C: If you break a leg, everyone sees it, but when you have something invisible no one believes you and you can't say this to anyone.
The client is concerned or scared about what could happen if a thought or a feeling is verbalised.
C: I think what people could think of me? I fear being sick in front of someone, what could they think of me? Is it paranoia?
C: ‘I could go crazy’
C: ‘I could be sectioned’
The client perceives the therapist as incapable of handling an emotion or experience.
C: ‘My problem was so big that even the therapist couldn't deal with it’.
Thoughts or feelings are unavailable.
C: Do you remember when you asked me if I could remember any painful emotional experience and I said no, well actually I don’t know how it is possible but I couldn’t remember something very important.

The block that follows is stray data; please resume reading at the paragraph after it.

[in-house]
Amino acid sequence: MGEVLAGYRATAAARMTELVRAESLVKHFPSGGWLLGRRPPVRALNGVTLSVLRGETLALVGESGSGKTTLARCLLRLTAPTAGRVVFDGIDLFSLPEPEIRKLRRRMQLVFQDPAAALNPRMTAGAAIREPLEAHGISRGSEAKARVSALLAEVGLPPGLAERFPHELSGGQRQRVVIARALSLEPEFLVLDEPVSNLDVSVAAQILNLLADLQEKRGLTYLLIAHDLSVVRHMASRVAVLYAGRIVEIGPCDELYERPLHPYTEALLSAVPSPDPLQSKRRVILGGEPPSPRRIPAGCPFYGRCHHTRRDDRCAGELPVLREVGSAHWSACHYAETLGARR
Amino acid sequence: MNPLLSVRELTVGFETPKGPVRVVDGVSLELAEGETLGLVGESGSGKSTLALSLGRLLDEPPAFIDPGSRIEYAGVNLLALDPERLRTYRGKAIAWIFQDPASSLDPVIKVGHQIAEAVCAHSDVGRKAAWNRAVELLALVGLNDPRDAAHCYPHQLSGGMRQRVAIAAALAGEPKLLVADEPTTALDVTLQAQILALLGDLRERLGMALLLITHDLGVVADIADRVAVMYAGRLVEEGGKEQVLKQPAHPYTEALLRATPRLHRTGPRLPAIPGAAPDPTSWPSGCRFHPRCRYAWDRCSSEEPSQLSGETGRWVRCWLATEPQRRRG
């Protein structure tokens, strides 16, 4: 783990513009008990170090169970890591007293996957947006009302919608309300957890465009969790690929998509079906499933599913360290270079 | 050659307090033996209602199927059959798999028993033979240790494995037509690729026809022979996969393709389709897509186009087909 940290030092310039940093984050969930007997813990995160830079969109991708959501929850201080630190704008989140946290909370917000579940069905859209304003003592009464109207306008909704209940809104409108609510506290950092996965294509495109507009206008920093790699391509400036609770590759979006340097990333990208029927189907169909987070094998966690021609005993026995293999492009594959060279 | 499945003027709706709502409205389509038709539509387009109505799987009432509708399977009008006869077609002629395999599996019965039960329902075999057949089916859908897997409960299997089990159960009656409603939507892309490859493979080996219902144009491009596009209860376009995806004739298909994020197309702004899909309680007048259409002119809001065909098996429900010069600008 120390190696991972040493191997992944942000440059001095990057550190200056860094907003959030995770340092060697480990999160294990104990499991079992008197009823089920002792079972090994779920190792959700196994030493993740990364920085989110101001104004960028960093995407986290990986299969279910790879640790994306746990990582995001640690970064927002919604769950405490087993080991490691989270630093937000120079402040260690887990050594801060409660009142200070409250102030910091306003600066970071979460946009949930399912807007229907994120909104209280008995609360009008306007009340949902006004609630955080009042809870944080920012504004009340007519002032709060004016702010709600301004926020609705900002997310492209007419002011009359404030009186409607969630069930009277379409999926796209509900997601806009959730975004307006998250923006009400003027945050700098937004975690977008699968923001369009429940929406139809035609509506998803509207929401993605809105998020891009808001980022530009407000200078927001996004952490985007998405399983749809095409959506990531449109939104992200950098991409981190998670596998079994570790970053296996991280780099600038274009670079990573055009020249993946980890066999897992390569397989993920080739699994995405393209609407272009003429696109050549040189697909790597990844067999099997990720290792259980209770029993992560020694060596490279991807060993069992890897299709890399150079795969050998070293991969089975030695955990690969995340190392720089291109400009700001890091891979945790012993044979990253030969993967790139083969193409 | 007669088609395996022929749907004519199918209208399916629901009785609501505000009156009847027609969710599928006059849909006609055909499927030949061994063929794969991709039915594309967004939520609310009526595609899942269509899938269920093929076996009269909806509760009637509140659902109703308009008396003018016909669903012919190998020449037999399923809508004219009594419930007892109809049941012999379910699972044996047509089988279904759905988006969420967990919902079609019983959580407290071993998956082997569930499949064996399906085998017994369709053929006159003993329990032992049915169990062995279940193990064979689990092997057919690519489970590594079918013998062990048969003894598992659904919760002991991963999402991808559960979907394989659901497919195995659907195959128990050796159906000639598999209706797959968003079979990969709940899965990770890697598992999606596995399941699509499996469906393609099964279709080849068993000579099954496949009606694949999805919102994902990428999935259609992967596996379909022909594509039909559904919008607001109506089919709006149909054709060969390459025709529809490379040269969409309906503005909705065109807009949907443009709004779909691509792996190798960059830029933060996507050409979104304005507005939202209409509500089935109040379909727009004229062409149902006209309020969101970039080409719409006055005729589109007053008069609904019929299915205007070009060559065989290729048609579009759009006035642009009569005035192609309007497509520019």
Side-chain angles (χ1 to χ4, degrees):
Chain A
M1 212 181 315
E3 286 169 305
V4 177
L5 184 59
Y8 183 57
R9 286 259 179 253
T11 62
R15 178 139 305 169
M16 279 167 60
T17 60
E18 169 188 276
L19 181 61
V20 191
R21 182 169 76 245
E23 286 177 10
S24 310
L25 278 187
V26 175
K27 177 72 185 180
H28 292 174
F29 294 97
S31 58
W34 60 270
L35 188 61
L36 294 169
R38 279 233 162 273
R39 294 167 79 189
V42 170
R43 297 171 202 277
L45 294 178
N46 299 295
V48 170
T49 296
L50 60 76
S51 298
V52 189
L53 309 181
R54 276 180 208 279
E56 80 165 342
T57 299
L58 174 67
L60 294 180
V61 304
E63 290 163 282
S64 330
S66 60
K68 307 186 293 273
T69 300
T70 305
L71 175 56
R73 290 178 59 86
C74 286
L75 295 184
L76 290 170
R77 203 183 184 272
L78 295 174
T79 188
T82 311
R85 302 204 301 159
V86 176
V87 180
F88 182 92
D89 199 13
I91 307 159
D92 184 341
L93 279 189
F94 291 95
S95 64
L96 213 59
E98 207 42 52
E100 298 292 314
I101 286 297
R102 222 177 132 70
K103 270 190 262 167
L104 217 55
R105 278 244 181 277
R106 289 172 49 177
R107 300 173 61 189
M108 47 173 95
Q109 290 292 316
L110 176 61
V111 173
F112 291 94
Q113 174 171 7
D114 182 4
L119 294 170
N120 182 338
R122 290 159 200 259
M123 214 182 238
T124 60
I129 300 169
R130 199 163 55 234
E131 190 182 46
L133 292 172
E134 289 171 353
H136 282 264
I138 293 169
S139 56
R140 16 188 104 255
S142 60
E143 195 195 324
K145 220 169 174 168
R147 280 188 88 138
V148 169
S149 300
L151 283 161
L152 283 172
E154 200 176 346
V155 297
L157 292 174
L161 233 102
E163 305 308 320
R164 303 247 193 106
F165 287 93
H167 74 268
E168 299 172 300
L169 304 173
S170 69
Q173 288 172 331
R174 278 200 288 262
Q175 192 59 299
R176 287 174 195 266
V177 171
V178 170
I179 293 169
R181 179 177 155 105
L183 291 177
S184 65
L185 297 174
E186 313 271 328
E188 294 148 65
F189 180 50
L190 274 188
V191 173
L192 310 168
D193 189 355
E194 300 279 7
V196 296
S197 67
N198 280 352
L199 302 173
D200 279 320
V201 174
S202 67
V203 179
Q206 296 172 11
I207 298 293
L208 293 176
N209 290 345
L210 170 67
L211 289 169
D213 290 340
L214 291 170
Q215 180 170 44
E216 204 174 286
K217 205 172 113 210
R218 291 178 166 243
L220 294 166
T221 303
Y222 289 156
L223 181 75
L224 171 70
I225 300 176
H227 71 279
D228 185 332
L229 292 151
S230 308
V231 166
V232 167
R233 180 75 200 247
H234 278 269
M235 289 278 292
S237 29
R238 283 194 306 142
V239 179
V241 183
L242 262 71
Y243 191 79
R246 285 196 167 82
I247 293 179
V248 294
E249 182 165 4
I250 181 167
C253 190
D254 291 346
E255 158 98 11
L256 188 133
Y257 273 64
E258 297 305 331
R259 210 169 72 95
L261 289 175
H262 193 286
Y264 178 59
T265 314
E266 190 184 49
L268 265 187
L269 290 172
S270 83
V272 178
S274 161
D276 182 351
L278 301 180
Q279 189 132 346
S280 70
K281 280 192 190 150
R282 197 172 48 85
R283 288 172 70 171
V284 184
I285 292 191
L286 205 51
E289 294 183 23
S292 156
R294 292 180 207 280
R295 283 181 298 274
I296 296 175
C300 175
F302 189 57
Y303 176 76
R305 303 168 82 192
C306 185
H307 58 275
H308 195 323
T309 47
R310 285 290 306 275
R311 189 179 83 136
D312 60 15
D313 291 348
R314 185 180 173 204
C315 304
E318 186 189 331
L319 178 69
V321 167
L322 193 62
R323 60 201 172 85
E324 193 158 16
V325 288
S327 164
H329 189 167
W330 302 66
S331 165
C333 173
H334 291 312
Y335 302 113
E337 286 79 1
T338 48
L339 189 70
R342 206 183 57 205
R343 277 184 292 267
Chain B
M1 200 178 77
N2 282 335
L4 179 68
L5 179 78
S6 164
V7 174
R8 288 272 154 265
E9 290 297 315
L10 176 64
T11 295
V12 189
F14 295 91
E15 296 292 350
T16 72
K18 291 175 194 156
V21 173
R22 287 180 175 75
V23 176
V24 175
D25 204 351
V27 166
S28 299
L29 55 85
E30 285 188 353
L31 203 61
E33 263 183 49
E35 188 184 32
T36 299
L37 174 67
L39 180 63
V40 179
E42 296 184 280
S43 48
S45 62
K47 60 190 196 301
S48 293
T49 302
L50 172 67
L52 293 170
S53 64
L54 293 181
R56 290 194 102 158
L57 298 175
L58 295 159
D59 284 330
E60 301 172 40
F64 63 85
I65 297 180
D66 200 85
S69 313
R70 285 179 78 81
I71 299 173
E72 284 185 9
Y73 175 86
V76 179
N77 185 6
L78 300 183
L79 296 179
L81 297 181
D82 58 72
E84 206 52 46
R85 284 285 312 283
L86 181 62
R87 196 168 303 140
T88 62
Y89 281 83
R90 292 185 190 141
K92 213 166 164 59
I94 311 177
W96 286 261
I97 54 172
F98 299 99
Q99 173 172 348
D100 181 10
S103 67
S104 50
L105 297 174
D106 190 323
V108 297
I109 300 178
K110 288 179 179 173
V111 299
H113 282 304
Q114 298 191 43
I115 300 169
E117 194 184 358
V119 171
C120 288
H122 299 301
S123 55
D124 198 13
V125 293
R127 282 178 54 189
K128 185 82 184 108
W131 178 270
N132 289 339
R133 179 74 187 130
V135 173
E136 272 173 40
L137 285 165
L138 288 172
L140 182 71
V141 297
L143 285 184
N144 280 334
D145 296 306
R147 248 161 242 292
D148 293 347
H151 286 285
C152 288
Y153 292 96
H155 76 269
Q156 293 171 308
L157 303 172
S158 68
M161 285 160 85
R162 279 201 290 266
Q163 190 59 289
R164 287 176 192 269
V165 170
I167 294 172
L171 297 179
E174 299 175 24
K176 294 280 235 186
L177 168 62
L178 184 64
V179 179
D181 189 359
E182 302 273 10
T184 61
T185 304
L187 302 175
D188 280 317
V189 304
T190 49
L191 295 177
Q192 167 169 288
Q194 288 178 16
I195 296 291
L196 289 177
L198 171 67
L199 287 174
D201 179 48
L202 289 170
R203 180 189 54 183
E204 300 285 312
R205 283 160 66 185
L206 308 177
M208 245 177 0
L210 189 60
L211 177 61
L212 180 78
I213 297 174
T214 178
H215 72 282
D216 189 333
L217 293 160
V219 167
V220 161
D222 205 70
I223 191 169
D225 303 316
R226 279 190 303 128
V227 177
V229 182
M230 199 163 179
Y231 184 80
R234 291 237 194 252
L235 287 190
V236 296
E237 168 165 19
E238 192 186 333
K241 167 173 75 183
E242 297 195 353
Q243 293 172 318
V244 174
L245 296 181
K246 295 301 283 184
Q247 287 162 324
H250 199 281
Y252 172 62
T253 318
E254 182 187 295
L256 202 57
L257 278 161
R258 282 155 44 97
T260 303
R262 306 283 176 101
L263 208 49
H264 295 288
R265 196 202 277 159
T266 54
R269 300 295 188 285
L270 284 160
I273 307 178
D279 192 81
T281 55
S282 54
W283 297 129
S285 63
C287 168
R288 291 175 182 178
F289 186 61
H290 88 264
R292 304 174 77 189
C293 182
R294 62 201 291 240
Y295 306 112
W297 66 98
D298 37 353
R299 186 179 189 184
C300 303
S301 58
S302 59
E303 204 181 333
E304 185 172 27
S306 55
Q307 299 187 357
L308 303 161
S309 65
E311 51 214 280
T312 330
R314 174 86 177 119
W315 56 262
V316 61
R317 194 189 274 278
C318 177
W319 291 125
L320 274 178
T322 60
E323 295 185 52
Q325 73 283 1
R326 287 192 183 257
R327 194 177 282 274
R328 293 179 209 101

The flowing process of direction and change in therapy

Watching a loggerhead sea turtle struggle out of the nest and make its way to the water is an emotional experience. They scramble to the sea and begin navigating an enormous journey, 8,000 miles across the open ocean and back home again. Migrating birds, honeybees, and millions of dragonflies fly thousands of miles from India to Africa.

Scientists have puzzled for years about how they find their way, and they have been looking in astonishment for explanations such as possible guiding particles in the brain. Driftwood, crabs, birds, raccoons, fish etc, are just a few of obstacles that sea turtles may have to overcome for their survival. Before scientists, philosophers pondered the spontaneity of some of the activities of living beings such as the healing of wounds, the regeneration of mutilated parts, the mechanical skill of animals (Schopenhauer, 1844) - as though an internal force, will or instinct may drive the development and maintenance of the body. A ‘knowledge of things in themselves’ (Schmidt in Schopenhauer, 1844).